What Are the Georgia Bankruptcy Exemptions?
Many people who could benefit from the debt protections offered by bankruptcy are afraid to file due to common misconceptions about the process. One of the most widespread misunderstandings is the idea that you will lose everything you own if you file for bankruptcy. The truth is, you will almost always be allowed to keep most, if not all, of your possessions! One call to DebtStoppers and we will connect you to one of our experienced bankruptcy attorneys who will answer all of your questions regarding bankruptcy and protecting your assets!
Each state has bankruptcy exemption laws. These laws outline which of your belongings are protected when you file a Chapter 7 or Chapter 13 bankruptcy. Although the exemption list is different for each state, generally, your home, car, retirement accounts and certain household items are protected and you are allowed to keep them when in a bankruptcy. If you have a question about a specific asset, call us now!
What Assets Are Exempt From Creditors in Georgia?
Georgia state law contains a long and detailed list of exemptions that specifically outline which assets are exempt, the most significant of which is the homestead. Under Georgia bankruptcy law, $21,500 of value in real estate that is used as a residence is exempt. This amount jumps to $43,000 if you are married with at least one spouse listed as an owner of the property. Additionally, up to $10,000 of your unused homestead exemption funds can be applied for other belongings.
Other Georgia bankruptcy exemptions include:
$5,000 of vehicles;
$5,000 total of personal belongings such as clothing, a cell phone, appliances, books, furniture, household goods, and musical instruments;
$500 of jewelry;
$1,500 of implements, professional books, or tools of the trade;
$1,200 of any property (known as the “wildcard” exemption) which can include bank accounts and cash that you have;
Retirement accounts and pensions that are not subject to taxes;
Certain lawsuit proceeds when necessary for support; and
Exemptions When Filing for Bankruptcy
In Georgia, exemptions are the same whether you file for Chapter 7 or Chapter 13 bankruptcy. However, each chapter treats property that is not exempt differently. These assets are known as “nonexempt” property.
With Chapter 7, known as “liquidation” bankruptcy, a court-appointed trustee will sell your nonexempt assets and use the proceeds to pay back your creditors. An exemption allows you to keep the specified property instead of it being sold. It is crucial to hire an experienced attorney like the ones at DebtStoppers when filing a Chapter 7 to choose the correct exemption & fully protect your property from being liquidated.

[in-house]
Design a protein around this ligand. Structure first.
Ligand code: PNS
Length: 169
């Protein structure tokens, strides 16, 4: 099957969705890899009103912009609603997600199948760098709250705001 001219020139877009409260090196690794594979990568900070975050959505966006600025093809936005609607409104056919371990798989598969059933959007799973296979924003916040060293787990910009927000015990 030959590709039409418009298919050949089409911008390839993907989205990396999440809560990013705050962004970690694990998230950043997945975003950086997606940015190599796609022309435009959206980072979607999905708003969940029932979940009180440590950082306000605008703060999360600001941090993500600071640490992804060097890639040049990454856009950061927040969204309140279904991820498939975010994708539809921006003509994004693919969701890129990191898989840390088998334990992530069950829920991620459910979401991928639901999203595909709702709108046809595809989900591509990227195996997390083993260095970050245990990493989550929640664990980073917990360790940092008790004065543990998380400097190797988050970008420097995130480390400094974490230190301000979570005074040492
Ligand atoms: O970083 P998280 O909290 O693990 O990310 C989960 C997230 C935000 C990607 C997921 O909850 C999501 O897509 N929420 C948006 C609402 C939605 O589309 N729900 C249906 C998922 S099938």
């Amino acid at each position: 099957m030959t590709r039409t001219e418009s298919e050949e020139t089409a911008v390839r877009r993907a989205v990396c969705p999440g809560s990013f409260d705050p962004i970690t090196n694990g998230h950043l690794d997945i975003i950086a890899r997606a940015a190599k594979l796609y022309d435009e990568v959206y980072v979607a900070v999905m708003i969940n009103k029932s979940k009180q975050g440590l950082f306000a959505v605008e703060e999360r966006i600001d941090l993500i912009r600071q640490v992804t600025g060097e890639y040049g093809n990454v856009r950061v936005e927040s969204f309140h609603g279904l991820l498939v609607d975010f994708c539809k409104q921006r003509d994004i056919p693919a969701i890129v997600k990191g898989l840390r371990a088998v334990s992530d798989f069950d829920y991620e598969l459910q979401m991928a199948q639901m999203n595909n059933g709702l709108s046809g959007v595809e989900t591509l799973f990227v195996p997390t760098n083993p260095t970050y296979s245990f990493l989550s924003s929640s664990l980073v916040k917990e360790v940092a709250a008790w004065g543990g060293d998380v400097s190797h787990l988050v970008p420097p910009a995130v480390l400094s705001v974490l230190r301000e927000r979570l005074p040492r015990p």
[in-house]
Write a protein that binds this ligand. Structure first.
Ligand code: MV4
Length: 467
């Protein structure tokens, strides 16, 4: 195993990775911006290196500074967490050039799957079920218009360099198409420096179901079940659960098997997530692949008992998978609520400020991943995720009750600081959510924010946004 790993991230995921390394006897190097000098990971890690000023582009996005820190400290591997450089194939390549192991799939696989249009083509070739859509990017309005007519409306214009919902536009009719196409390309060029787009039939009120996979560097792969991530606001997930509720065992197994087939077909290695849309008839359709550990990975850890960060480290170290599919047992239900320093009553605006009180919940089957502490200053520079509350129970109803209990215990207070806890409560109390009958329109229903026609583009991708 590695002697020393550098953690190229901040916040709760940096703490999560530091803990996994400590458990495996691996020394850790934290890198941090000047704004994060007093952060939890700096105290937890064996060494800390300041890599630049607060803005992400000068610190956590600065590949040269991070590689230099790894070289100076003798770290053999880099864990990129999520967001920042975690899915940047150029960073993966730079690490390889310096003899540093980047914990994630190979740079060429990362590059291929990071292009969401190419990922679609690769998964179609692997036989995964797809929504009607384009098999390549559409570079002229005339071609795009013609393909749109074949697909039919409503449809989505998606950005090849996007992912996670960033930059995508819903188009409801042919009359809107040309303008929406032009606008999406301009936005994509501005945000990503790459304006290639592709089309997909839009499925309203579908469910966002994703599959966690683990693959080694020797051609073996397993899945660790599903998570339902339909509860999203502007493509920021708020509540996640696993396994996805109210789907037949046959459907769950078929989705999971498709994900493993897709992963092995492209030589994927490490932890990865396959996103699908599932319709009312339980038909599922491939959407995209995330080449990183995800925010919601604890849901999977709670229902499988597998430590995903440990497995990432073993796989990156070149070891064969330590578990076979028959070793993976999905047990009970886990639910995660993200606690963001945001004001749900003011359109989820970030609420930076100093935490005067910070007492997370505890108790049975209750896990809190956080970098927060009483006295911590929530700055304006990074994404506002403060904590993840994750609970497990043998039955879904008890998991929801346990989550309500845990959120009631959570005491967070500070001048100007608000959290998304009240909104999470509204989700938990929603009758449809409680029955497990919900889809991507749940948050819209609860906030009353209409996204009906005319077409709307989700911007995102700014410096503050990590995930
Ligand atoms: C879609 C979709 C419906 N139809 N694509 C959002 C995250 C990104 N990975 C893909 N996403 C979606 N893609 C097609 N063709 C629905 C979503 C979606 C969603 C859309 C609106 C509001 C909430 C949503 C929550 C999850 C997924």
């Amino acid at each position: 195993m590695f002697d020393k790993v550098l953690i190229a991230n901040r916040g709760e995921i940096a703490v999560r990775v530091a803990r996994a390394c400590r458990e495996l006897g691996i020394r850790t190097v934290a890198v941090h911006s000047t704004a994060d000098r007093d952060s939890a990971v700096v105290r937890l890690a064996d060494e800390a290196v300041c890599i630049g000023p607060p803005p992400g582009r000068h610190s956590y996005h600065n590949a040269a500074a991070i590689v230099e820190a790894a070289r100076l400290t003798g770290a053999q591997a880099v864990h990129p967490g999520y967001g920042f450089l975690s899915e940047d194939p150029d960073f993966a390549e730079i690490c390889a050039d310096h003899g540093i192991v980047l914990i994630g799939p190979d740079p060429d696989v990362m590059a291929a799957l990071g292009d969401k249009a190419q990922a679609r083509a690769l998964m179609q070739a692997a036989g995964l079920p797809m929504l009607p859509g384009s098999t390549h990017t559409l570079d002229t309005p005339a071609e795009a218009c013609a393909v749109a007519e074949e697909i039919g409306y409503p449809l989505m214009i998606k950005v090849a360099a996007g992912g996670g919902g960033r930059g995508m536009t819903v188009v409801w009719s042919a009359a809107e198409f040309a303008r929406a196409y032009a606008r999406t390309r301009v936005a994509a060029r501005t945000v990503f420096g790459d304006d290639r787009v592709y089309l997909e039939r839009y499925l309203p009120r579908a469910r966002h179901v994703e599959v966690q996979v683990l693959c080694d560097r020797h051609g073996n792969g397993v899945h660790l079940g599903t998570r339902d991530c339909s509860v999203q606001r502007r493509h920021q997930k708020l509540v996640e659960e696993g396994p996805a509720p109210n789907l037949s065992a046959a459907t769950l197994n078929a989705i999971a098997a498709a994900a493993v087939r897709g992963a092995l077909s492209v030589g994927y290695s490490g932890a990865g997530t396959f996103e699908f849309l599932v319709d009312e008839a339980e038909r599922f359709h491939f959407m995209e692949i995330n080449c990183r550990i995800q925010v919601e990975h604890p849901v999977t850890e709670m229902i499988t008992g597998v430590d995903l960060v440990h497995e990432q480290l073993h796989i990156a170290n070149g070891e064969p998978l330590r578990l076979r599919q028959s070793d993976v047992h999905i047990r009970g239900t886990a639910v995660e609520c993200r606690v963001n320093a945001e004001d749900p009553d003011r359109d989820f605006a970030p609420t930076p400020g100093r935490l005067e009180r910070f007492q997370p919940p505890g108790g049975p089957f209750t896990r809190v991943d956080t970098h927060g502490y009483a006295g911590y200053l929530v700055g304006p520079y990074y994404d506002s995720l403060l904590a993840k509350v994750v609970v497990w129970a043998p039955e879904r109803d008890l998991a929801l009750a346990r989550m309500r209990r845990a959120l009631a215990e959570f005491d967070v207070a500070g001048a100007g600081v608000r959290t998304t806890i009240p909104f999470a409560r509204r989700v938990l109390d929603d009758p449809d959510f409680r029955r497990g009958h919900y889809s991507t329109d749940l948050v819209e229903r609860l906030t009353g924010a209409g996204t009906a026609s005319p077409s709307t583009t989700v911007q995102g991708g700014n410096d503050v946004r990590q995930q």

Chapter 13, on the other hand, allows you to keep all of your property, whether exempt or nonexempt. Instead of your assets being liquidated, your debts will be reorganized into a 3-to-5 year repayment plan. Your repayment plan will require you to pay the greater of the value of your equity in nonexempt property, or your disposable income. Having an experienced bankruptcy attorney to apply the correct exemptions, could save you thousands of dollars when determining the amount that needs to be paid back in your Chapter 13 case.
What Else Do You Need To Know About It?
If you are considering filing for bankruptcy, you should know that there are waiting periods for when you can use Georgia’s exemptions if you recently moved from out of state. While you can file after living in the state for more than 180 days, you must wait at least 730 days before using its exemptions. If you haven’t lived in Georgia long enough to use its exemptions, you must apply your previous state's exemptions or the exemptions allotted under Federal Law.
It is vital that you hire an experienced bankruptcy attorney to assist you in choosing the correct exemptions! An error or omission in choosing the correct exemption, could be catastrophic to you obtaining the financial freedom that you deserve. The attorneys at DebtStoppers will give you a free case evaluation prior to filing & to ensure you are allowed to keep the property that the law allows you to!